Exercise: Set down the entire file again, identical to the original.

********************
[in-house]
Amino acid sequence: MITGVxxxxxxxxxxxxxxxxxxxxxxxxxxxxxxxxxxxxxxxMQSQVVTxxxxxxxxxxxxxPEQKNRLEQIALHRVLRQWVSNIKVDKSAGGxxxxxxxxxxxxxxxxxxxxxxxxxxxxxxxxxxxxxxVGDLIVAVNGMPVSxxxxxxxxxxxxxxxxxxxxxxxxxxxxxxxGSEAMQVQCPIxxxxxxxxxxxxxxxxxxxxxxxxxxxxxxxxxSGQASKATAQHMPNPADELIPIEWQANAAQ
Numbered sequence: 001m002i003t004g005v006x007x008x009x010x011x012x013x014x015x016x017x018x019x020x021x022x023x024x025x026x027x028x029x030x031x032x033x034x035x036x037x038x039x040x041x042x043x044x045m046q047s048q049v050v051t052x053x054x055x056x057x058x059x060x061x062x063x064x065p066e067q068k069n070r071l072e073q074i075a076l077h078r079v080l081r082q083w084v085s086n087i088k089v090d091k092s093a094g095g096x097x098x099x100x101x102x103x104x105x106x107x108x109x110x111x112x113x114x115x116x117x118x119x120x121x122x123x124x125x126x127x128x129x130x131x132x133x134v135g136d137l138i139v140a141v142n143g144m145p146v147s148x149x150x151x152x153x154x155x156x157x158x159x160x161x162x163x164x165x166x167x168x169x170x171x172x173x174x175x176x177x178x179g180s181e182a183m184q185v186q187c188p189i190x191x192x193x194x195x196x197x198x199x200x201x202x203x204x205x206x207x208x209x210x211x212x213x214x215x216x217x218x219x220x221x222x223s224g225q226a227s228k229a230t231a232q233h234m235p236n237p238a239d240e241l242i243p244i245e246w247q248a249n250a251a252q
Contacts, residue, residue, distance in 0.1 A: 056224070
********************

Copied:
[in-house]
Amino acid sequence: MITGVxxxxxxxxxxxxxxxxxxxxxxxxxxxxxxxxxxxxxxxMQSQVVTxxxxxxxxxxxxxPEQKNRLEQIALHRVLRQWVSNIKVDKSAGGxxxxxxxxxxxxxxxxxxxxxxxxxxxxxxxxxxxxxxVGDLIVAVNGMPVSxxxxxxxxxxxxxxxxxxxxxxxxxxxxxxxGSEAMQVQCPIxxxxxxxxxxxxxxxxxxxxxxxxxxxxxxxxxSGQASKATAQHMPNPADELIPIEWQANAAQ
Numbered sequence: 001m002i003t004g005v006x007x008x009x010x011x012x013x014x015x016x017x018x019x020x021x022x023x024x025x026x027x028x029x030x031x032x033x034x035x036x037x038x039x040x041x042x043x044x045m046q047s048q049v050v051t052x053x054x055x056x057x058x059x060x061x062x063x064x065p066e067q068k069n070r071l072e073q074i075a076l077h078r079v080l081r082q083w084v085s086n087i088k089v090d091k092s093a094g095g096x097x098x099x100x101x102x103x104x105x106x107x108x109x110x111x112x113x114x115x116x117x118x119x120x121x122x123x124x125x126x127x128x129x130x131x132x133x134v135g136d137l138i139v140a141v142n143g144m145p146v147s148x149x150x151x152x153x154x155x156x157x158x159x160x161x162x163x164x165x166x167x168x169x170x171x172x173x174x175x176x177x178x179g180s181e182a183m184q185v186q187c188p189i190x191x192x193x194x195x196x197x198x199x200x201x202x203x204x205x206x207x208x209x210x211x212x213x214x215x216x217x218x219x220x221x222x223s224g225q226a227s228k229a230t231a232q233h234m235p236n237p238a239d240e241l242i243p244i245e246w247q248a249n250a251a252q
Contacts, residue, residue, distance in 0.1 A: 056224070